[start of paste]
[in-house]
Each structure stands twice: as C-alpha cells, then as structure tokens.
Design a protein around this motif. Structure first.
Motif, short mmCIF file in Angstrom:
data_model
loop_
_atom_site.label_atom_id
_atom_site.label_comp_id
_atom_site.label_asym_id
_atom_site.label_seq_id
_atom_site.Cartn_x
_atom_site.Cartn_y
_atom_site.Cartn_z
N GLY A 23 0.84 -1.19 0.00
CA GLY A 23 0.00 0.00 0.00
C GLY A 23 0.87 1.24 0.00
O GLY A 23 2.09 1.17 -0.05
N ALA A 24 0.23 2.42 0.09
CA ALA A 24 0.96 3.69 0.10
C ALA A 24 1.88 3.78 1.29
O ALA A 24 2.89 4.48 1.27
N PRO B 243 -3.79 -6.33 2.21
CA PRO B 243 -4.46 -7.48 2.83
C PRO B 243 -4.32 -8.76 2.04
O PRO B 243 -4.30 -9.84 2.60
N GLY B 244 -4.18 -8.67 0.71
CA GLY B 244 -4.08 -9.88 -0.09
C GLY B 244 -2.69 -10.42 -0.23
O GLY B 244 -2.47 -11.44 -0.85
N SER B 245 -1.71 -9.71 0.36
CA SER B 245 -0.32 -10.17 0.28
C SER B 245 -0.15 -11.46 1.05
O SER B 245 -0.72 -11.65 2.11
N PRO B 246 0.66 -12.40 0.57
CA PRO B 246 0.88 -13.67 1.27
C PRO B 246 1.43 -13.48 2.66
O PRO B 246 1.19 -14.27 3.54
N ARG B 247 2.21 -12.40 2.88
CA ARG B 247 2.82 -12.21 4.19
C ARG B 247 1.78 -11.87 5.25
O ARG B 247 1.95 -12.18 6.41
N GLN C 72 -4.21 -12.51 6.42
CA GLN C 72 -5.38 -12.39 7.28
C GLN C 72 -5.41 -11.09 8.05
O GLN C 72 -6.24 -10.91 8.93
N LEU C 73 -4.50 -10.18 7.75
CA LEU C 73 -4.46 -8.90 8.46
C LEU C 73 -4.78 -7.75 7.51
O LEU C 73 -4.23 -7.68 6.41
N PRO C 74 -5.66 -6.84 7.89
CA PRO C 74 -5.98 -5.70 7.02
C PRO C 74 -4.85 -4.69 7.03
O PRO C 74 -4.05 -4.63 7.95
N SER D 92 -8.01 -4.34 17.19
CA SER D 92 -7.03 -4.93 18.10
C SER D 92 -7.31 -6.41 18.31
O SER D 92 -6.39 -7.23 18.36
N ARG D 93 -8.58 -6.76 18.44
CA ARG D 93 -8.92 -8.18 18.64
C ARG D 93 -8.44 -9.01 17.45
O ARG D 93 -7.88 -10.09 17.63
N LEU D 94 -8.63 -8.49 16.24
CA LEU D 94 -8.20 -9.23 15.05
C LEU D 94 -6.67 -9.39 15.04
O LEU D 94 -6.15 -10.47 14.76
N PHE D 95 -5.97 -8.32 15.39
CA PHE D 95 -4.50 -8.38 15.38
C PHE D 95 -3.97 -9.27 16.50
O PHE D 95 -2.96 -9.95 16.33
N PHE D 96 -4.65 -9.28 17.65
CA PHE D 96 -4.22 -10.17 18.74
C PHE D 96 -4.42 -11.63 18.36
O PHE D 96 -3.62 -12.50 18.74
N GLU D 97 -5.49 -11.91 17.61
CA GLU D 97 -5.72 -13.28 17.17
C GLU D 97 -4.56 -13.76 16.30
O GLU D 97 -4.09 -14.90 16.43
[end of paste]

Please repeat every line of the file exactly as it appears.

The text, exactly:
[in-house]
Each structure stands twice: as C-alpha cells, then as structure tokens.
Design a protein around this motif. Structure first.
Motif, short mmCIF file in Angstrom:
data_model
loop_
_atom_site.label_atom_id
_atom_site.label_comp_id
_atom_site.label_asym_id
_atom_site.label_seq_id
_atom_site.Cartn_x
_atom_site.Cartn_y
_atom_site.Cartn_z
N GLY A 23 0.84 -1.19 0.00
CA GLY A 23 0.00 0.00 0.00
C GLY A 23 0.87 1.24 0.00
O GLY A 23 2.09 1.17 -0.05
N ALA A 24 0.23 2.42 0.09
CA ALA A 24 0.96 3.69 0.10
C ALA A 24 1.88 3.78 1.29
O ALA A 24 2.89 4.48 1.27
N PRO B 243 -3.79 -6.33 2.21
CA PRO B 243 -4.46 -7.48 2.83
C PRO B 243 -4.32 -8.76 2.04
O PRO B 243 -4.30 -9.84 2.60
N GLY B 244 -4.18 -8.67 0.71
CA GLY B 244 -4.08 -9.88 -0.09
C GLY B 244 -2.69 -10.42 -0.23
O GLY B 244 -2.47 -11.44 -0.85
N SER B 245 -1.71 -9.71 0.36
CA SER B 245 -0.32 -10.17 0.28
C SER B 245 -0.15 -11.46 1.05
O SER B 245 -0.72 -11.65 2.11
N PRO B 246 0.66 -12.40 0.57
CA PRO B 246 0.88 -13.67 1.27
C PRO B 246 1.43 -13.48 2.66
O PRO B 246 1.19 -14.27 3.54
N ARG B 247 2.21 -12.40 2.88
CA ARG B 247 2.82 -12.21 4.19
C ARG B 247 1.78 -11.87 5.25
O ARG B 247 1.95 -12.18 6.41
N GLN C 72 -4.21 -12.51 6.42
CA GLN C 72 -5.38 -12.39 7.28
C GLN C 72 -5.41 -11.09 8.05
O GLN C 72 -6.24 -10.91 8.93
N LEU C 73 -4.50 -10.18 7.75
CA LEU C 73 -4.46 -8.90 8.46
C LEU C 73 -4.78 -7.75 7.51
O LEU C 73 -4.23 -7.68 6.41
N PRO C 74 -5.66 -6.84 7.89
CA PRO C 74 -5.98 -5.70 7.02
C PRO C 74 -4.85 -4.69 7.03
O PRO C 74 -4.05 -4.63 7.95
N SER D 92 -8.01 -4.34 17.19
CA SER D 92 -7.03 -4.93 18.10
C SER D 92 -7.31 -6.41 18.31
O SER D 92 -6.39 -7.23 18.36
N ARG D 93 -8.58 -6.76 18.44
CA ARG D 93 -8.92 -8.18 18.64
C ARG D 93 -8.44 -9.01 17.45
O ARG D 93 -7.88 -10.09 17.63
N LEU D 94 -8.63 -8.49 16.24
CA LEU D 94 -8.20 -9.23 15.05
C LEU D 94 -6.67 -9.39 15.04
O LEU D 94 -6.15 -10.47 14.76
N PHE D 95 -5.97 -8.32 15.39
CA PHE D 95 -4.50 -8.38 15.38
C PHE D 95 -3.97 -9.27 16.50
O PHE D 95 -2.96 -9.95 16.33
N PHE D 96 -4.65 -9.28 17.65
CA PHE D 96 -4.22 -10.17 18.74
C PHE D 96 -4.42 -11.63 18.36
O PHE D 96 -3.62 -12.50 18.74
N GLU D 97 -5.49 -11.91 17.61
CA GLU D 97 -5.72 -13.28 17.17
C GLU D 97 -4.56 -13.76 16.30
O GLU D 97 -4.09 -14.90 16.43